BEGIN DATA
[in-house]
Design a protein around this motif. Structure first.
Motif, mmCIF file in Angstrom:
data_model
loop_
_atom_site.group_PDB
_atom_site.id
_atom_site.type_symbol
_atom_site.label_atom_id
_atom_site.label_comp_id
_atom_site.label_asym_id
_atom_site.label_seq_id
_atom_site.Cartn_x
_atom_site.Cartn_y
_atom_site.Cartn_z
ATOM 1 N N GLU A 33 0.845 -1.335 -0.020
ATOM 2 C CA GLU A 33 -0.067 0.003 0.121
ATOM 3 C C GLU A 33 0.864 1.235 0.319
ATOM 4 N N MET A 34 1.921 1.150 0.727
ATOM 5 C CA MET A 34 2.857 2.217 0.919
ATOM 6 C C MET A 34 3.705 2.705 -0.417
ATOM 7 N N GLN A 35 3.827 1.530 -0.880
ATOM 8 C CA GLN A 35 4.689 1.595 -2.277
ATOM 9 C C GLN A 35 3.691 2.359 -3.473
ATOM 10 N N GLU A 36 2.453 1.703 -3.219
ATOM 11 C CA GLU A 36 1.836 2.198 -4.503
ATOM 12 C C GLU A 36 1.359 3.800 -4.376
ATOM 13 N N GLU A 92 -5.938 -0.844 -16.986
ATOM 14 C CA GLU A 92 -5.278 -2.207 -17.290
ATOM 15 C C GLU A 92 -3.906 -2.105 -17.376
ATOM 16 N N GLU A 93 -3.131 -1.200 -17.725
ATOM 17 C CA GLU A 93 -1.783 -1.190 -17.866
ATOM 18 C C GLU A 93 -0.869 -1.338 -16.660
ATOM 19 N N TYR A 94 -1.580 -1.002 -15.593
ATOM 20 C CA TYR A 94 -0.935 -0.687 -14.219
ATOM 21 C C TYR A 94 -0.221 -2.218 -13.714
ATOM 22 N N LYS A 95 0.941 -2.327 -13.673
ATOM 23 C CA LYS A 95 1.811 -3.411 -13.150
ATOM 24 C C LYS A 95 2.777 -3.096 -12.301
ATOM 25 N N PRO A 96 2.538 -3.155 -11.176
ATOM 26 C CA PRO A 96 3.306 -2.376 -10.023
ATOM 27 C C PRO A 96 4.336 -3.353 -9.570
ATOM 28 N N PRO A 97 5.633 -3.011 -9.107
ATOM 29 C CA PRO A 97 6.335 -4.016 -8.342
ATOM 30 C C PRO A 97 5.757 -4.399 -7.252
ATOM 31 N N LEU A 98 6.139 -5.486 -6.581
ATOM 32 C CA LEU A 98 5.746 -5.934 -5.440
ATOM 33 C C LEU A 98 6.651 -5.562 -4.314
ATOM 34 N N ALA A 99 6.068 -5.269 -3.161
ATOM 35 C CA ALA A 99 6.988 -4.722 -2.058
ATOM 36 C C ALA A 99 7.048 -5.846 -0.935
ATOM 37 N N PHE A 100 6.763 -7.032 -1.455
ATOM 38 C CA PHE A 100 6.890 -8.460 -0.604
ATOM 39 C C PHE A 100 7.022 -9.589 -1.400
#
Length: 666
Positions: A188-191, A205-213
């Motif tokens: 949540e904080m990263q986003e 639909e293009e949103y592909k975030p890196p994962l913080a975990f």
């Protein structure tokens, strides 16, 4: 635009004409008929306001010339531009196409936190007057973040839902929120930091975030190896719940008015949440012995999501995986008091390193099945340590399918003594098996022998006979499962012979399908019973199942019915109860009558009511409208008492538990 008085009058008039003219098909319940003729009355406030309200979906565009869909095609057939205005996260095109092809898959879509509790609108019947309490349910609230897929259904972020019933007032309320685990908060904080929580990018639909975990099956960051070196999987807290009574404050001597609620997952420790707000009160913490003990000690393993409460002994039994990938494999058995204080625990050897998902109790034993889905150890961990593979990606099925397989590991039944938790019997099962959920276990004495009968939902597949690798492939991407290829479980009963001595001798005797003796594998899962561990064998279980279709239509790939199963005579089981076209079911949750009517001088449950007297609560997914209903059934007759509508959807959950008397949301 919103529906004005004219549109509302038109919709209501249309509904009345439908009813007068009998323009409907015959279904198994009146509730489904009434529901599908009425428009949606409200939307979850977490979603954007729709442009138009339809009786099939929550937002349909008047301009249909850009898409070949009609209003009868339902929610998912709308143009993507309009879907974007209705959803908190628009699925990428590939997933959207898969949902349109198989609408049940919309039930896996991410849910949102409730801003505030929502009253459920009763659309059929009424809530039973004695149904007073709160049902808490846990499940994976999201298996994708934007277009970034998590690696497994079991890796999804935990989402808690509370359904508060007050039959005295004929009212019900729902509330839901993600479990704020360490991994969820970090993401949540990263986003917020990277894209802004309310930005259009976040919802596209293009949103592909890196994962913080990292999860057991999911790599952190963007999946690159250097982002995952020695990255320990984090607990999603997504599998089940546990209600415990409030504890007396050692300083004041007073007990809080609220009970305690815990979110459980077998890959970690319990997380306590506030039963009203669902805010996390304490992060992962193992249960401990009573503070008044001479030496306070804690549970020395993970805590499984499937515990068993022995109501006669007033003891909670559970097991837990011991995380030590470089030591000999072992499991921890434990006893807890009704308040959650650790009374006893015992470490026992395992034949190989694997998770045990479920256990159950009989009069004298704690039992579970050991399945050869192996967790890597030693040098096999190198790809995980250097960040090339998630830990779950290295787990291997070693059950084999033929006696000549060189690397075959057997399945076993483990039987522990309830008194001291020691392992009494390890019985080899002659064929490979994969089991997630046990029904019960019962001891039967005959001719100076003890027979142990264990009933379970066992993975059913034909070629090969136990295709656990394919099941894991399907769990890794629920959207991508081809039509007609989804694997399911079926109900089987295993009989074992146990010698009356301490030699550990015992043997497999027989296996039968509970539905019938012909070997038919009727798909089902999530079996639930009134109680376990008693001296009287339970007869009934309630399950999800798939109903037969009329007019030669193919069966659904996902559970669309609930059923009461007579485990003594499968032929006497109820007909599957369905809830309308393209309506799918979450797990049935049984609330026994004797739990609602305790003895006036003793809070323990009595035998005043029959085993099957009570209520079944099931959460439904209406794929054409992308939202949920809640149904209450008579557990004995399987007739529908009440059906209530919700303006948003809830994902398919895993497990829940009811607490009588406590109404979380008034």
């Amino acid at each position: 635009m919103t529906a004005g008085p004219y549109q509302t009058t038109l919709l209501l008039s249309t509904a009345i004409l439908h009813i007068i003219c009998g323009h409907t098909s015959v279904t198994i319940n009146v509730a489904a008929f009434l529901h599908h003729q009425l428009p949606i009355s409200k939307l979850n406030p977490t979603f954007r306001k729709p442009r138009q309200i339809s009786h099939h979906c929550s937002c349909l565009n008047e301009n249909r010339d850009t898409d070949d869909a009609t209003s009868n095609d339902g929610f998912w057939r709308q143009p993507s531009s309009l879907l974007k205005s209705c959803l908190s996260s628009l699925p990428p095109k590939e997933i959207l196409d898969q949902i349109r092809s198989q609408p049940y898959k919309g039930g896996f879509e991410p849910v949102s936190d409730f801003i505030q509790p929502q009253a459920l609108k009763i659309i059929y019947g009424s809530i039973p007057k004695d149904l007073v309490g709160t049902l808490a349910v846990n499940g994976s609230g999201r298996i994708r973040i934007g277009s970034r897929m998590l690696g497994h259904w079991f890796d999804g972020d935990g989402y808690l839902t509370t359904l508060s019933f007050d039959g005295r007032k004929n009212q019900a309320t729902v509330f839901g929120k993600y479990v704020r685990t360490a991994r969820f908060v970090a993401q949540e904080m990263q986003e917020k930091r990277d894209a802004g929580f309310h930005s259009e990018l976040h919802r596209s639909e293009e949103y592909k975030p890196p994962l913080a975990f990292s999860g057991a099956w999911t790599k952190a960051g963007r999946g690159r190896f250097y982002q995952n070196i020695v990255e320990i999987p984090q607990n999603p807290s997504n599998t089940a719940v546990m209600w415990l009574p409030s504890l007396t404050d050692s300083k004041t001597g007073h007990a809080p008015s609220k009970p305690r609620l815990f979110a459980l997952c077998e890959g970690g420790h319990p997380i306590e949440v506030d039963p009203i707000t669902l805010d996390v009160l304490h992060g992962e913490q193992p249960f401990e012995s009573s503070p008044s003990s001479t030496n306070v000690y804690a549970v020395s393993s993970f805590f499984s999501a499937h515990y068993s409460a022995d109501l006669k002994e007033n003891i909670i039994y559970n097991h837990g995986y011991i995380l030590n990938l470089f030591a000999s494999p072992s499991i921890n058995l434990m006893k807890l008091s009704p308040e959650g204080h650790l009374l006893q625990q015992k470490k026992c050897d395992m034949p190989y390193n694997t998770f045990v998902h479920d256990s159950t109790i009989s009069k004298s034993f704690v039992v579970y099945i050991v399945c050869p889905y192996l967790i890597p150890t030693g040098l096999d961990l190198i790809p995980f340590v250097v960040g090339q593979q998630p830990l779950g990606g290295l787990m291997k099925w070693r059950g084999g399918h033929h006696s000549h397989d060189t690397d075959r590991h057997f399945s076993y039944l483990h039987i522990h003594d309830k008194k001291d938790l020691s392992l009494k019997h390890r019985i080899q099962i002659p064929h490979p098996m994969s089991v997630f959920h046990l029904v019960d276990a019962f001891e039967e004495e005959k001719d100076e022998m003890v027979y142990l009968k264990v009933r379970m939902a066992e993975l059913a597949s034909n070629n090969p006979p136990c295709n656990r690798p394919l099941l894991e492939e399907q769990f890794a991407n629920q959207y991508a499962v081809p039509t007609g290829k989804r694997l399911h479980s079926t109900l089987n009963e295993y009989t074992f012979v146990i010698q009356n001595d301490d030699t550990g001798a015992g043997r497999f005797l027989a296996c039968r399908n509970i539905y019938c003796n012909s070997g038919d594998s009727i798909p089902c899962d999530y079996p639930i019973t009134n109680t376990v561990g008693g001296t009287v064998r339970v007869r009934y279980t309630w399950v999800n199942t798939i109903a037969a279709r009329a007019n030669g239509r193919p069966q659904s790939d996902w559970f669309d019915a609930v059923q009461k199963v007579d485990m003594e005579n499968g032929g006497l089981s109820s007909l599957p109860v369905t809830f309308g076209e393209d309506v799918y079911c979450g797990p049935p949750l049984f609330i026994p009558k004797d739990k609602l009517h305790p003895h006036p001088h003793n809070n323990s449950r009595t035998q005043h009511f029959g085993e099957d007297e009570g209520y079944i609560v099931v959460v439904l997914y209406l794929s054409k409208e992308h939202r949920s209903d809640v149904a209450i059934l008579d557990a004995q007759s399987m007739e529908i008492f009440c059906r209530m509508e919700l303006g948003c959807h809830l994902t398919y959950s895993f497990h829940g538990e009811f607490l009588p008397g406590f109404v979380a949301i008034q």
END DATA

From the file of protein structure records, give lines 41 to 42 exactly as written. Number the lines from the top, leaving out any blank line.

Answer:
ATOM 26 C CA PRO A 96 3.306 -2.376 -10.023
ATOM 27 C C PRO A 96 4.336 -3.353 -9.570